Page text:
What is Dental Amalgam?
Dental Amalgam is comprised of liquid mercury, and a powder alloy composed of silver, tin, and copper that is used to fill cavities caused by tooth decay. It is popular in low-income communities as it is a cheaper option than composite fillings. Though Dental Amalgam filling is a cheaper option it can cause adverse health effects in the future. The filling releases low levels of mercury vapor which is then inhaled and absorbed by the lungs. Long exposure to a high level of mercury vapor has been associated with adverse effects in the brain and the kidney.
Has there been progress in the ban of Dental Amalgam?
On September 24th, 2020 The Director of the Center for Devices and Radiological Health Dr. Jeffery Shuren released the following statement.
“Today, the FDA is issuing updated recommendations concerning dental amalgam and potential risks to certain high-risk individuals that may be associated with these mercury-containing fillings used to restore the missing structure and surfaces of a decayed tooth.
The FDA has found that certain groups may be at greater risk for potential harmful health effects of mercury vapor released from the device. As a result, the agency is recommending certain high-risk groups to avoid getting dental amalgam whenever possible and appropriate.” Thanks to Sharon lewis our Executive Director for going to Washington DC and meeting with the FDA, They have updated their recommendations on the use of Dental Amalgam. FDA statement
Potential Risks of Dental Amalgam:
Contains elemental mercury.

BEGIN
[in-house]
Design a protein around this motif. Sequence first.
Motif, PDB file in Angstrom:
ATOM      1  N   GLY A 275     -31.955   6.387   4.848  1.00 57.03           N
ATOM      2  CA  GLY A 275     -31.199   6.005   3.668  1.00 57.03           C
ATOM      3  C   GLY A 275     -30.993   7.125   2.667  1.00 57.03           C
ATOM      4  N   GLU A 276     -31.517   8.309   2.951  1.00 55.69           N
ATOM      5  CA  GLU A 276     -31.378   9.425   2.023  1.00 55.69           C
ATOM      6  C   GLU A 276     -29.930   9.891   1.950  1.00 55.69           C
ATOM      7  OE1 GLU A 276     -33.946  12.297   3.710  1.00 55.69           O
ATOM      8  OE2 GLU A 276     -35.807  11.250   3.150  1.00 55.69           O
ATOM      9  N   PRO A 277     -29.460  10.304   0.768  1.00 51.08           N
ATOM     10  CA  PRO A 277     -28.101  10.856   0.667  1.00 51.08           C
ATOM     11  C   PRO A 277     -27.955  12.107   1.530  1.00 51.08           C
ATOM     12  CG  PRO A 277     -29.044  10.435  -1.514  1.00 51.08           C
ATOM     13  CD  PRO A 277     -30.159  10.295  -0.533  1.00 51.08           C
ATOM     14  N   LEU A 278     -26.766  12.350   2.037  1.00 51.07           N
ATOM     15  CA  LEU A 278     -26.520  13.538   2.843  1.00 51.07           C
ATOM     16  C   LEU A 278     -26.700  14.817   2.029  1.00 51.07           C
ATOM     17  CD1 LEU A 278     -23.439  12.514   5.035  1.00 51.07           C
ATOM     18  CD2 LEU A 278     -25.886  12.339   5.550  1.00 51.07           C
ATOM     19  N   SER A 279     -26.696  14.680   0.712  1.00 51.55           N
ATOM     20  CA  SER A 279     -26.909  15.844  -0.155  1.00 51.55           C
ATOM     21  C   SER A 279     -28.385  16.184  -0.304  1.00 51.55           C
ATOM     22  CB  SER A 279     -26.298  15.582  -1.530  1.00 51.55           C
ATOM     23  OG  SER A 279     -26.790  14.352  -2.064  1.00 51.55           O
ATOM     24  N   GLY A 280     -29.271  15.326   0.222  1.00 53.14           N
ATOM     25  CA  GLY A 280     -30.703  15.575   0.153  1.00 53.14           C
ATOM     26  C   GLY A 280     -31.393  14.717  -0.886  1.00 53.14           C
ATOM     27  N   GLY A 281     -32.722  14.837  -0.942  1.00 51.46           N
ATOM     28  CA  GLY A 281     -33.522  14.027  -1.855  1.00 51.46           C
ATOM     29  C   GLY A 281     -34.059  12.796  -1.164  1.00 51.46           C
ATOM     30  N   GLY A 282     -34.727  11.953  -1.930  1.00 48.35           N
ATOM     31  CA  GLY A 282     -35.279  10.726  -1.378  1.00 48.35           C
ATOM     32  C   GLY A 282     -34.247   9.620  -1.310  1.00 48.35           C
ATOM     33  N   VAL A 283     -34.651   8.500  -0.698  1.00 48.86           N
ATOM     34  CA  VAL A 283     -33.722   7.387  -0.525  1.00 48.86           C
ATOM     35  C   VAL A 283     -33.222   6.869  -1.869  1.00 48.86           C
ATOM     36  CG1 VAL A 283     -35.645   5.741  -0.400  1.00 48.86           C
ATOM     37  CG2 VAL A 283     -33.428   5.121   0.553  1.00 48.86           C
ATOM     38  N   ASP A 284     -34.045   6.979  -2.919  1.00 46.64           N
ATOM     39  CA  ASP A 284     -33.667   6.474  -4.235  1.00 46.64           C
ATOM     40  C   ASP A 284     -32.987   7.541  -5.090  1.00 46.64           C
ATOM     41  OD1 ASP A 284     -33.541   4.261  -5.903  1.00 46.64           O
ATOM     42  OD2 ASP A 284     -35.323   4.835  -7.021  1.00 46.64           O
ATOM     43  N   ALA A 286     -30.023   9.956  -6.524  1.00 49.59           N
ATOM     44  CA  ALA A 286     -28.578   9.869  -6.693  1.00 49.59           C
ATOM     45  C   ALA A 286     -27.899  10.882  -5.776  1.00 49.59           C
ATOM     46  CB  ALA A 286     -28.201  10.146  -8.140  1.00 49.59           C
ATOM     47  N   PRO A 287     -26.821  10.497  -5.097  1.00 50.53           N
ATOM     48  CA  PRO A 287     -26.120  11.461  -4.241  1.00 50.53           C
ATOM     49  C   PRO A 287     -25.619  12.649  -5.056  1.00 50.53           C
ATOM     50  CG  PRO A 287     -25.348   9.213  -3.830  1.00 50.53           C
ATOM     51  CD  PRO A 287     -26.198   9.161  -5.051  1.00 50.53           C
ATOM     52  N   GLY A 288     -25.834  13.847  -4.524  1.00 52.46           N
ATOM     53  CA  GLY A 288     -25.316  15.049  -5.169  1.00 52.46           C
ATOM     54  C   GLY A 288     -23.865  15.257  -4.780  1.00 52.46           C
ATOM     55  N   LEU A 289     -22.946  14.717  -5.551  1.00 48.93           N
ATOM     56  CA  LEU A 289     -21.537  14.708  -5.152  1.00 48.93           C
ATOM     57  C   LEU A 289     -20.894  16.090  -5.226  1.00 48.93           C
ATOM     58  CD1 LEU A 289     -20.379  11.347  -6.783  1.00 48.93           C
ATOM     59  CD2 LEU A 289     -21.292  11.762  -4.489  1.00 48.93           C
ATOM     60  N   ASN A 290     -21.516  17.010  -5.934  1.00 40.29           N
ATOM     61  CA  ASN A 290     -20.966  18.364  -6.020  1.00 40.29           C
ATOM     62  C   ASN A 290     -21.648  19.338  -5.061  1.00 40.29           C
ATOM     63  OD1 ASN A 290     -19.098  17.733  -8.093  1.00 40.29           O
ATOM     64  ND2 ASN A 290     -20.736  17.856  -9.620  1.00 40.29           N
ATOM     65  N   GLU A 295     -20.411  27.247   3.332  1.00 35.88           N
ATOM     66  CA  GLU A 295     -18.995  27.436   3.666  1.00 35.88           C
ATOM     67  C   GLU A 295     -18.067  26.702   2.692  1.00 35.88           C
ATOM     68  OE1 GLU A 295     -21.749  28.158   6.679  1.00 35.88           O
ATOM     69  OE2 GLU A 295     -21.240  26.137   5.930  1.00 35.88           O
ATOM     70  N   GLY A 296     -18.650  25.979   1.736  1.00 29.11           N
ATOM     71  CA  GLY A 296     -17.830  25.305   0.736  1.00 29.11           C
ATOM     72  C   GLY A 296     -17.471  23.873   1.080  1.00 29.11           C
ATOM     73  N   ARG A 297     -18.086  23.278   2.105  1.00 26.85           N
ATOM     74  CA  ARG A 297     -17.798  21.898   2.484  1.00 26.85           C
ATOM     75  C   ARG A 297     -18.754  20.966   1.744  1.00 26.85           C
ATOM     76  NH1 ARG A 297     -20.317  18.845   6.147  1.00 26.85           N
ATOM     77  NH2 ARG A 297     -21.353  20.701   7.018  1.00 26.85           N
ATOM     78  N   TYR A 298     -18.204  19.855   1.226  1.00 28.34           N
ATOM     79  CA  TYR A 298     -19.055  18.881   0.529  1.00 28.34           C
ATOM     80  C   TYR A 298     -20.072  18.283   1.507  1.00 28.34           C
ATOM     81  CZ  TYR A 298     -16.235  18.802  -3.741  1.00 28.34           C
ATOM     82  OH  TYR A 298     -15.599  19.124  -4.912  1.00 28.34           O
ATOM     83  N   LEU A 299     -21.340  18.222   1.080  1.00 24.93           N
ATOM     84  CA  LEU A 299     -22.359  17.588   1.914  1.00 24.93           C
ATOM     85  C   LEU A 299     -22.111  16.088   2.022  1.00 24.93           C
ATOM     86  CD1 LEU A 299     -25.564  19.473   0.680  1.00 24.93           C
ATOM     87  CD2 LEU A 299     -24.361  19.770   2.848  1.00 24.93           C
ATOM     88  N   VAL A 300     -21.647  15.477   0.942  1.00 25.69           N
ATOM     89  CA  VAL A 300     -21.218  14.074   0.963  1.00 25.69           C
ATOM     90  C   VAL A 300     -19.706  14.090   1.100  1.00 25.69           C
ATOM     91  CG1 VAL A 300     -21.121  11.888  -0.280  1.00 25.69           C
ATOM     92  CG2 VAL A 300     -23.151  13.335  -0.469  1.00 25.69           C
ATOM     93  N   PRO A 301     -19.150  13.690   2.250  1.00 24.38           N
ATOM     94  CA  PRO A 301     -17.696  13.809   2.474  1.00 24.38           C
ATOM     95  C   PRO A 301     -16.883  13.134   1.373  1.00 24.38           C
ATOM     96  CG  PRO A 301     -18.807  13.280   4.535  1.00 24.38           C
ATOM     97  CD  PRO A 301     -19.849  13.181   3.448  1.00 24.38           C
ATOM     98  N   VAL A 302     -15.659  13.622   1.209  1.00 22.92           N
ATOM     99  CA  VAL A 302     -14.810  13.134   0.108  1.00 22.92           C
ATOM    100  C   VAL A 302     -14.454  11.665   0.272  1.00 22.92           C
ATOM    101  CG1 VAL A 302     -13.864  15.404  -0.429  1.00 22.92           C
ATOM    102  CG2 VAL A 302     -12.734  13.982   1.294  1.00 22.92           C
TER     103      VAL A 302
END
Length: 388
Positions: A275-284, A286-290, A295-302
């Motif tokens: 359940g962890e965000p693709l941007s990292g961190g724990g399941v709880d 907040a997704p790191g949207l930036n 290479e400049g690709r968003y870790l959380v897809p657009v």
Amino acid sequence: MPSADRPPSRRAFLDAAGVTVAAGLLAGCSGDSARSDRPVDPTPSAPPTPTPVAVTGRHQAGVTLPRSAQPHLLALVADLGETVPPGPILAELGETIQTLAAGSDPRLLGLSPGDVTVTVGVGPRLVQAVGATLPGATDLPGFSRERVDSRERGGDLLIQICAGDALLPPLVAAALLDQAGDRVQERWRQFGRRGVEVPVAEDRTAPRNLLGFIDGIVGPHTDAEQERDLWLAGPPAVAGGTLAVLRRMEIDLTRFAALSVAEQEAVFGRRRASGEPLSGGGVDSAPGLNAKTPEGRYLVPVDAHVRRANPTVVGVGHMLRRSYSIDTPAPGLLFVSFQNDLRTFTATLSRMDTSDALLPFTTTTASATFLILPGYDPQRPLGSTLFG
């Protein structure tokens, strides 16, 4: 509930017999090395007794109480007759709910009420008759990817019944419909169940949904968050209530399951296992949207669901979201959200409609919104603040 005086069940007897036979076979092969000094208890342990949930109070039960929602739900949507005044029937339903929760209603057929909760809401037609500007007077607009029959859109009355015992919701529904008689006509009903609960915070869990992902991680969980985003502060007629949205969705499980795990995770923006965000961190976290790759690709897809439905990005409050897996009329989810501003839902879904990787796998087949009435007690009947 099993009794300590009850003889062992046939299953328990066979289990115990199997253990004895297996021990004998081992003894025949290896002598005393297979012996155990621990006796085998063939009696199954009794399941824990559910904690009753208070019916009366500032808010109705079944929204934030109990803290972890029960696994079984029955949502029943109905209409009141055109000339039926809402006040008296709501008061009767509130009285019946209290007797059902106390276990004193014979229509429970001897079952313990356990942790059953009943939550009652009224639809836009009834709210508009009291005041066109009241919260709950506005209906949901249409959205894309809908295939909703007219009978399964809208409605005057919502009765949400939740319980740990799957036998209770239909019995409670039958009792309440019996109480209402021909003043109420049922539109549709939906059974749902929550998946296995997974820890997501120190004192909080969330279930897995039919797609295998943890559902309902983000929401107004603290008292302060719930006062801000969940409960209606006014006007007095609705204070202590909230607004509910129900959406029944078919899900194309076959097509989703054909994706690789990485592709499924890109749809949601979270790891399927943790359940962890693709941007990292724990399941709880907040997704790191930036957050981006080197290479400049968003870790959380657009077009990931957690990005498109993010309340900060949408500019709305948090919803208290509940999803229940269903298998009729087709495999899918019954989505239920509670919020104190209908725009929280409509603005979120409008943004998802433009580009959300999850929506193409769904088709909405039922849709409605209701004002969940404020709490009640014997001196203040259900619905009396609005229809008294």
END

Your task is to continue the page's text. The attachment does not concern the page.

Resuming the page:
Releases low levels of mercury in the form of a vapor that can be inhaled and absorbed by the lungs. Exposure to high levels of mercury vapor, which may occur in some occupational settings, has been associated with adverse effects in the brain and the kidney.
Developing neurological systems in fetuses and young children may be more sensitive to the neurotoxic effects of mercury vapor.
Very limited to no clinical data is available regarding long-term health outcomes in pregnant women and their developing fetuses, and children under the age of six, including infants who are breastfed. Pregnant women and parents with children under six who are concerned about the absence of clinical data as to long-term health outcomes should talk to their dentist.
Although the available evidence does not show that exposure to mercury from dental amalgam will lead to adverse health effects in the general population, exposure to mercury may pose a greater health risk in the groups of people listed below, who may be more susceptible to potential adverse effects generally associated with mercury.
Pregnant women and their developing fetuses;
-Women who are planning to become pregnant;
-Nursing women and their newborns and infants;
-Children, especially those younger than six years of age;
-People with pre-existing neurological disease;
-People with impaired kidney function;
-People with known heightened sensitivity (allergy) to mercury or other components (silver, copper, tin) of dental amalgam.
Some individuals have an allergy or other sensitivity to mercury or the other components of dental amalgam (such as silver, copper, or tin). Dental amalgam might cause these individuals to develop oral lesions or other sensitivity reactions.
If you are allergic or otherwise sensitive to any of the metals in dental amalgam, you should not get amalgam fillings. You can discuss other treatment options with your dentist.
Source: FDA Dental Amalgam Fillings